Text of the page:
As noted above, the proposed development also concentrates "open space" away from public areas, and into off-street spaces that are surrounded by oversized buildings. The "Philosophy Garden," on the north superblock, which represents 62 percent of the open space planned for the project, is an inward facing space, and is bounded by large buildings on all sides. This area will draw a large NYU population that moves in and out of the proposed buildings, and will serve as a university-focused "quad." What is now the public 1.34 acre Sasaki Garden will be completely displaced, despite the fact that is has been deemed eligible for the New York State and National Registers of Historic Places. Further, large swaths of this "new" open space will be little more than paved walkways to accommodate emergency vehicles as well as the high volume of students traveling to the LaGuardia and Mercer buildings.

For example, the "Greene Street Walk," located on the south superblock, widens a rarely used walkway, which will function as an entryway to university buildings and retail, and not as a true open space. This "walk" shifts public street-side open space to the interior of the block and away from most non-university populations.

Likewise, the proposed "Washington Square Village Play Garden" is significantly smaller than the current Key Park also located within Washington Square Village, which this project will demolish for the Mercer Building. Sited on the north side of a tower, and bounded by more towers to both the east and west, this new playground will not see the sun for the vast majority of the year.

Park Strips

I appreciate NYU removing its longstanding objection to the designation of the publicly-owned strips of land surrounding the north and south superblocks as parkland, for which I and many other stakeholders have long fought. However, the Zoning Text Amendment to treat mapped public parks as wide streets (N 120123) undermines the integrity of our city?s parks by allowing developers to surround them with buildings as if they were wide streets, rather than public green spaces, and must be rejected wholesale. Parks, both here in the Village and across our great city, are not streets and cannot be treated as such. This amendment will set a perilous precedent that may endanger other parkland?s access to light and air.

Despite NYU's agreement at the behest of Borough President Stringer not to develop on the Mercer Plaza strip above the NYU Cogeneration Plant and to preserve strips around Washington Square Village, the Zoning Text Amendment (N 120123 ZRM) to waive ownership requirements for developments and enlargements within a LSGD site must be rejected.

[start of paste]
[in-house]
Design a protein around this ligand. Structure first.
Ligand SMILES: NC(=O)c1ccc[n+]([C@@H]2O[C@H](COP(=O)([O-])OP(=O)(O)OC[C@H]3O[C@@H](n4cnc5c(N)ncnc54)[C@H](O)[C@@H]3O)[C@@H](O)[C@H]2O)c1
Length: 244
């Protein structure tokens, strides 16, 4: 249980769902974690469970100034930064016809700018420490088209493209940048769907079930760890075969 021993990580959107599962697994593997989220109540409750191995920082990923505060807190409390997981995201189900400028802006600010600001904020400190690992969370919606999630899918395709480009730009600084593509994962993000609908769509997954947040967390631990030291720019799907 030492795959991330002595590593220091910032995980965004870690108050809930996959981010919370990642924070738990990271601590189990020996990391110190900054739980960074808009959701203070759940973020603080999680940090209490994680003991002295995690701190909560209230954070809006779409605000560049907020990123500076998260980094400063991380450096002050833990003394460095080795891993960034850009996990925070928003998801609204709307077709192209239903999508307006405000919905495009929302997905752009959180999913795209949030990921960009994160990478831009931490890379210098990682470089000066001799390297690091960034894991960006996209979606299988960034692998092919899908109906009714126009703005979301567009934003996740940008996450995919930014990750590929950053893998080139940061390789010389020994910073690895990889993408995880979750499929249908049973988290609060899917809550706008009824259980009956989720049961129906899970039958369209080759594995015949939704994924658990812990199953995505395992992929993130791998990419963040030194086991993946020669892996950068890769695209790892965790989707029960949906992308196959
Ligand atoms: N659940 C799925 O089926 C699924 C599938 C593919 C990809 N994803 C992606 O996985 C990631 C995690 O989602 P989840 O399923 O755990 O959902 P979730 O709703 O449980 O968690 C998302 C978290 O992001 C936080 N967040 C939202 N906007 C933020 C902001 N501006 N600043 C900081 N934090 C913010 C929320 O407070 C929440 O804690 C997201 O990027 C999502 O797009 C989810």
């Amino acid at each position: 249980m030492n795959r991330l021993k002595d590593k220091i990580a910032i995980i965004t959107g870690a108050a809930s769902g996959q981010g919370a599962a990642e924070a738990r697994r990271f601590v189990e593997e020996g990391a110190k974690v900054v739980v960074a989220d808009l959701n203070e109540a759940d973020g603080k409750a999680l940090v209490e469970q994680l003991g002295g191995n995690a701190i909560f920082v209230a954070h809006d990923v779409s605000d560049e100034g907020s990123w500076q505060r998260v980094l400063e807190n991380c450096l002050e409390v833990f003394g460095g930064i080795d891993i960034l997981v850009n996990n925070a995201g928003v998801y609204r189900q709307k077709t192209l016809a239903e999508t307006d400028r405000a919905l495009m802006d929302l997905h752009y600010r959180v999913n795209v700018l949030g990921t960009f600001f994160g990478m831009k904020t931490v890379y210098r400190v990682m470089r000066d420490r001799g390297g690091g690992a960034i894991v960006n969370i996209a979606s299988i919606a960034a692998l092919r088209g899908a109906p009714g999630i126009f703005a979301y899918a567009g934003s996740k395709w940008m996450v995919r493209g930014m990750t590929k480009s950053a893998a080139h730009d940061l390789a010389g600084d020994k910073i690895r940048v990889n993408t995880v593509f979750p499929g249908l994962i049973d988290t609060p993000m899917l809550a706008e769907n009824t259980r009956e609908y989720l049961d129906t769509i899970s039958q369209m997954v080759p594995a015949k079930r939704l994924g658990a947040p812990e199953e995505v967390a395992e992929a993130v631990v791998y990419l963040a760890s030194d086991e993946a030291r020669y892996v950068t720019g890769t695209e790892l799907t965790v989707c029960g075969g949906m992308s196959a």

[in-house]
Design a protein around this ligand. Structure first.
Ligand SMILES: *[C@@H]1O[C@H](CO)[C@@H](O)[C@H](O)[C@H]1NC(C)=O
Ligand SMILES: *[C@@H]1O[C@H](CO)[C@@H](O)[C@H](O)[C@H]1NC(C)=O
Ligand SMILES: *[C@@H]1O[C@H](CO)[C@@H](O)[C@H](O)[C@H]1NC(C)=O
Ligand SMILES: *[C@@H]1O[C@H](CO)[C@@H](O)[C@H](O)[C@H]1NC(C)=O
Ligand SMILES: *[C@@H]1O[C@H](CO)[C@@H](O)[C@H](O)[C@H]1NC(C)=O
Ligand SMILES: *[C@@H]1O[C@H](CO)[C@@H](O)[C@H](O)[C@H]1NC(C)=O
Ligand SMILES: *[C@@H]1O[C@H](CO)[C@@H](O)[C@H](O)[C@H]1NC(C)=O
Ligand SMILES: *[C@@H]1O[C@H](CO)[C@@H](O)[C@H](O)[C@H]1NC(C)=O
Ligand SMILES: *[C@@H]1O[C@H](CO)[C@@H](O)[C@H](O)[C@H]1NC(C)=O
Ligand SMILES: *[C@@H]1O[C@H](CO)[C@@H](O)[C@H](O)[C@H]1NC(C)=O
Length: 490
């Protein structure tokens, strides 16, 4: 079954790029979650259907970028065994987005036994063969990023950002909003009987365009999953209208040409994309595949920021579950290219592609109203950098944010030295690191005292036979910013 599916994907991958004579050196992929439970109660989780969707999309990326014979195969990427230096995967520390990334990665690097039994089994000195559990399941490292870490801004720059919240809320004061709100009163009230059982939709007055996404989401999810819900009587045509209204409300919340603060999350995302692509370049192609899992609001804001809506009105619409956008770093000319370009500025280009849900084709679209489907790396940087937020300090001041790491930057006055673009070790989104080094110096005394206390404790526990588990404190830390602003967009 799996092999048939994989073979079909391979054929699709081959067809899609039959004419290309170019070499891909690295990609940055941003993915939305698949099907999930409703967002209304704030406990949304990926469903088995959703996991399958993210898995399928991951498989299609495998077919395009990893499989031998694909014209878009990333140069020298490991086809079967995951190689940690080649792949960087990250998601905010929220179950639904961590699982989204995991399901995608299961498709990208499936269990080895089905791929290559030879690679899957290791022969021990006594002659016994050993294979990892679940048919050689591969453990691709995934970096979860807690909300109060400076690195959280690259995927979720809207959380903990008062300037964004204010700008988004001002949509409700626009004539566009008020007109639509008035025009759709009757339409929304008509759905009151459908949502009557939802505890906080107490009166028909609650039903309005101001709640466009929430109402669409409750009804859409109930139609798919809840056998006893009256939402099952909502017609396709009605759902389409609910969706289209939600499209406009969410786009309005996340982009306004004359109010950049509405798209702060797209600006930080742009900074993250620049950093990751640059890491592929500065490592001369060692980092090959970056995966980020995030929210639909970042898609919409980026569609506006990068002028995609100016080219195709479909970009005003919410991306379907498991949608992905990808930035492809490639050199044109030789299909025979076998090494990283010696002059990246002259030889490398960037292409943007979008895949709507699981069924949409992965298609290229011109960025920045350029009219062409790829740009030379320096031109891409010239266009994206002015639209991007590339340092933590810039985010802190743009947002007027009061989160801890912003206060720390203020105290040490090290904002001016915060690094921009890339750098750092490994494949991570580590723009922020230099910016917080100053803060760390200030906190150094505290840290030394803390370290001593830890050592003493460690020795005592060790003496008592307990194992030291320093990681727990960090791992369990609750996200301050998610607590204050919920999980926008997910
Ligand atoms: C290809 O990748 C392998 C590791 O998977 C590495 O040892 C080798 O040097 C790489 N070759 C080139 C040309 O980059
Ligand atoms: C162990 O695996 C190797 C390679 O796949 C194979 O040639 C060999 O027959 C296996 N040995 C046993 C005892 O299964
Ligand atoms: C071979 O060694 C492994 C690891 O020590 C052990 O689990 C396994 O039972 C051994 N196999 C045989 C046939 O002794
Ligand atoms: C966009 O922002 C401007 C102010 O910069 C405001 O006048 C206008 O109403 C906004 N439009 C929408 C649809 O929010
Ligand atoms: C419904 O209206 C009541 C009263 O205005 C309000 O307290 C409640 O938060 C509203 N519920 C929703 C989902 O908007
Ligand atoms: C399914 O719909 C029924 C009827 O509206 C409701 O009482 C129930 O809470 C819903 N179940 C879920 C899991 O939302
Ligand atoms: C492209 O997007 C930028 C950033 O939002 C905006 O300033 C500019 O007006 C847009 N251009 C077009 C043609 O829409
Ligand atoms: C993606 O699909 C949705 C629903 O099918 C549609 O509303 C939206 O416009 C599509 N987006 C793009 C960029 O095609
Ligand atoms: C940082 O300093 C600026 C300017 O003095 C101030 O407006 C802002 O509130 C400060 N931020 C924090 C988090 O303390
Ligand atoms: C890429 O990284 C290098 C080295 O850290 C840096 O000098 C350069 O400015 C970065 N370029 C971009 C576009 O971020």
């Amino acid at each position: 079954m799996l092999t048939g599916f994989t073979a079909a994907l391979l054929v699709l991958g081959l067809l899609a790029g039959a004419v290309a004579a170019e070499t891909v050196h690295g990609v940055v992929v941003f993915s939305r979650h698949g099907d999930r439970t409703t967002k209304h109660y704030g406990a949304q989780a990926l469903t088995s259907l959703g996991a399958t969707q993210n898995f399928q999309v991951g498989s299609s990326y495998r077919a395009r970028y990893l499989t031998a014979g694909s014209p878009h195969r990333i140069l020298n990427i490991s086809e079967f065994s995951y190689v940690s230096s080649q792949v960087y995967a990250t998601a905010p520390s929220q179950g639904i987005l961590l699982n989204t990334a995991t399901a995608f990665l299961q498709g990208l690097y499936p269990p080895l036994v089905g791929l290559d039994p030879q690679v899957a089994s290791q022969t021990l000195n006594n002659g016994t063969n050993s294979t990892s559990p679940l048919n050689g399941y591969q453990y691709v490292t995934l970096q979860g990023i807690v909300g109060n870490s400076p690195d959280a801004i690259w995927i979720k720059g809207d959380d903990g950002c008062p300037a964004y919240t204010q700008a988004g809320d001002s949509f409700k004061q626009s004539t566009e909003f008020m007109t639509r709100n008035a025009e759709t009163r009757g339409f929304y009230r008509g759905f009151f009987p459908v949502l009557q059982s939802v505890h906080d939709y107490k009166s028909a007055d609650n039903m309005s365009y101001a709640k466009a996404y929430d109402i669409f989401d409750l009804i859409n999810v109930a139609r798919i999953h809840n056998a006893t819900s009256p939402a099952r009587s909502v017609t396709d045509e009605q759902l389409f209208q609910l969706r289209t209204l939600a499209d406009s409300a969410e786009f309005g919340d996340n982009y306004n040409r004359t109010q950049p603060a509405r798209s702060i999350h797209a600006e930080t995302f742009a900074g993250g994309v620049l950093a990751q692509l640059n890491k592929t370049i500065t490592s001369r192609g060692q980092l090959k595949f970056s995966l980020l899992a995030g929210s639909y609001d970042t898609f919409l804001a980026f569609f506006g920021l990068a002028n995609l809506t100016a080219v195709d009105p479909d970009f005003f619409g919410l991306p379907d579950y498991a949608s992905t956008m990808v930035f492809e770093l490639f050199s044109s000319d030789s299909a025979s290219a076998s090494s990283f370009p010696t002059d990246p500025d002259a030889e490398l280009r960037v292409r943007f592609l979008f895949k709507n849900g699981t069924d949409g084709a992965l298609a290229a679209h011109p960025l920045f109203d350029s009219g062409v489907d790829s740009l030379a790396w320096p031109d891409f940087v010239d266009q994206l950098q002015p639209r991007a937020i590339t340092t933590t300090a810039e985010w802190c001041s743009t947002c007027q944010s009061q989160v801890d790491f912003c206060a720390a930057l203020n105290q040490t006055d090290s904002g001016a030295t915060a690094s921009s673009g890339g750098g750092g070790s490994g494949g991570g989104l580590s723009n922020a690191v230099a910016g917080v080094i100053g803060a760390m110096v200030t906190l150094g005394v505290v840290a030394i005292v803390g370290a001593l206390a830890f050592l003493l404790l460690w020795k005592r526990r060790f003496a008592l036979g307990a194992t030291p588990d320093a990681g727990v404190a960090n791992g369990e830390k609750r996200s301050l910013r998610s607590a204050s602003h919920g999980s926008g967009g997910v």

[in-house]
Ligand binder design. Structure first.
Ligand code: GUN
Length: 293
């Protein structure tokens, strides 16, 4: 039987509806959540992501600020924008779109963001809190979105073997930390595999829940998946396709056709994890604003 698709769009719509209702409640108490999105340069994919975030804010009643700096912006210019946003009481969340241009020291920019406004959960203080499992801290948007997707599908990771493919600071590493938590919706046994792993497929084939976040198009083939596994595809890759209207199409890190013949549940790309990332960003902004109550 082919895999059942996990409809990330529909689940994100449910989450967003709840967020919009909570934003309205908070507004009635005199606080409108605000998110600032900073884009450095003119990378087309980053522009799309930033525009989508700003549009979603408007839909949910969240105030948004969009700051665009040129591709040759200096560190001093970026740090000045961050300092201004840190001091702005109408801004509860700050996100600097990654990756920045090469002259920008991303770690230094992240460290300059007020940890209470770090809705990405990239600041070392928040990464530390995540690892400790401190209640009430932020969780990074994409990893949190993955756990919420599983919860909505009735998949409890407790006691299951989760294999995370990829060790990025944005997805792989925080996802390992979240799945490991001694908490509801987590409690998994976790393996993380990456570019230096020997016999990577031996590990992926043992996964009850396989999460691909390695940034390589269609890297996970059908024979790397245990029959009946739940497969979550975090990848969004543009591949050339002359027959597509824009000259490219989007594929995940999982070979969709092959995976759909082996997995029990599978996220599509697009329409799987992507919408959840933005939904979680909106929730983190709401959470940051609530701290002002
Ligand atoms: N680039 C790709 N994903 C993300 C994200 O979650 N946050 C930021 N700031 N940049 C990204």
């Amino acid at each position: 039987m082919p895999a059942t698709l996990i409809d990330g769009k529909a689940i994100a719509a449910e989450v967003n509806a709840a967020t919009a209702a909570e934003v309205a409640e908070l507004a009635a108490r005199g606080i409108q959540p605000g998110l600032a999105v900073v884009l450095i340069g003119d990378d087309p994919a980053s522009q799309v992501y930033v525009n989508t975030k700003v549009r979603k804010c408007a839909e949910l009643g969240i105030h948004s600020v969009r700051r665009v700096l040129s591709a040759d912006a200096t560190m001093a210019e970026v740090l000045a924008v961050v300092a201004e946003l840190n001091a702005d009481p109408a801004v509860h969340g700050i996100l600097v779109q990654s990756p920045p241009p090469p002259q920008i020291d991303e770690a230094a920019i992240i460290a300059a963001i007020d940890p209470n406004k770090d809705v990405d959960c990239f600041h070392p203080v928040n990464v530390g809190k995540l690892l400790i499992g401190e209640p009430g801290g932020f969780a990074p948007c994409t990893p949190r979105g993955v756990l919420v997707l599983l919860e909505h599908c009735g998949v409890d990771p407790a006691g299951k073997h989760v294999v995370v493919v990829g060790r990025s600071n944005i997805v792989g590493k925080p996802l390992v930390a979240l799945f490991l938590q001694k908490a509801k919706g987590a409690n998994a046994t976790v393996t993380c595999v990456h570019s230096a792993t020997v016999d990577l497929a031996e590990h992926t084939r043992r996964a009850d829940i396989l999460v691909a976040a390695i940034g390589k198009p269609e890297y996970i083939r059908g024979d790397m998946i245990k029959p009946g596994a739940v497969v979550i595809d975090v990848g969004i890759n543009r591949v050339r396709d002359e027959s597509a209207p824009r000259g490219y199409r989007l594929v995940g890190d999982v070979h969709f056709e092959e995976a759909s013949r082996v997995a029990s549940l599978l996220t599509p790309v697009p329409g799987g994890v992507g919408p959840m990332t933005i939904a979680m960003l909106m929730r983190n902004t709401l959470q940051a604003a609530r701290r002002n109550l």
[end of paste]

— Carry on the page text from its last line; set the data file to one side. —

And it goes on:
No easements should be granted for the use of the park strips along LaGuardia Place and Mercer Street as construction staging areas. NYU must not cover the community gardens with construction sheds, which would destroy them, or remove the mature trees that line the streets. The design for the strips surrounding Washington Square Village must preserve their current uses, and they should not become access plazas for the proposed LaGuardia and Mercer buildings. The proposed Bleecker building must be designed and set back as to not block light to the LaGuardia Community Gardens.

Although I appreciate the applicant's agreement not to develop above the Mercer Street Co-Generation Plant Park, additional commitments should be required. This strip, like the others, should be turned over to the New York City Department of Park and Recreation and the community agreement that created the park, which allows for the future maintenance need of the co-generation plant, should remain in full effect for perpetuity.

Commercial Overlay

The expressed purpose of the proposed C-1 commercial overlay (Zoning Map Amendment C 20122 ZMM) for the blocks east of Washington Square Park is to enliven the area and serve the "local retail needs of the surrounding residential neighborhood." However, like CB 2, I would argue the area already has an active, thriving street life that successfully serves the residential and institutional population. I appreciate the concession Borough President Stringer negotiated with the applicant to ban eating and drinking establishments that have 80% or more of their projected revenue derived from alcoholic beverages; however, I agree with CB2 that there should be no new commercial establishments permitted on these blocks east of the park. The overlay would bring retail to the boarder of Washington Square Park, which would substantially change the character of the historic and landmarked park. Retail spaces bring with them brightly lit window displays, signage and additional commercial traffic. Although this proposal might benefit the Applicant's bottom line, it will not enhance the community in any way. There is already an abundance of vacant retail space available in the general vicinity.

Commitment for a Public School

NYU continues to insist on its intent to create a public school in Greenwich Village; however, this promise is one that the community has heard several times before. I appreciate the applicant agreeing to not build a dormitory above the proposed school, and limiting the number of floors beneath it at Borough President Stringer's request. However, NYU's offer to share land with the New York City Department of Education ("DOE") for a public school at the site of the Bleecker Building rings particularly hollow, given that under the current proposal NYU may take back the land in 2025 should the DOE or School Construction Authority ("SCA") fail to build on the site, and no community benefit would be seen. NYU must make a binding, verifiable agreement to donate this land to the DOE/SCA for a school, and should do so regardless of the outcome of this application.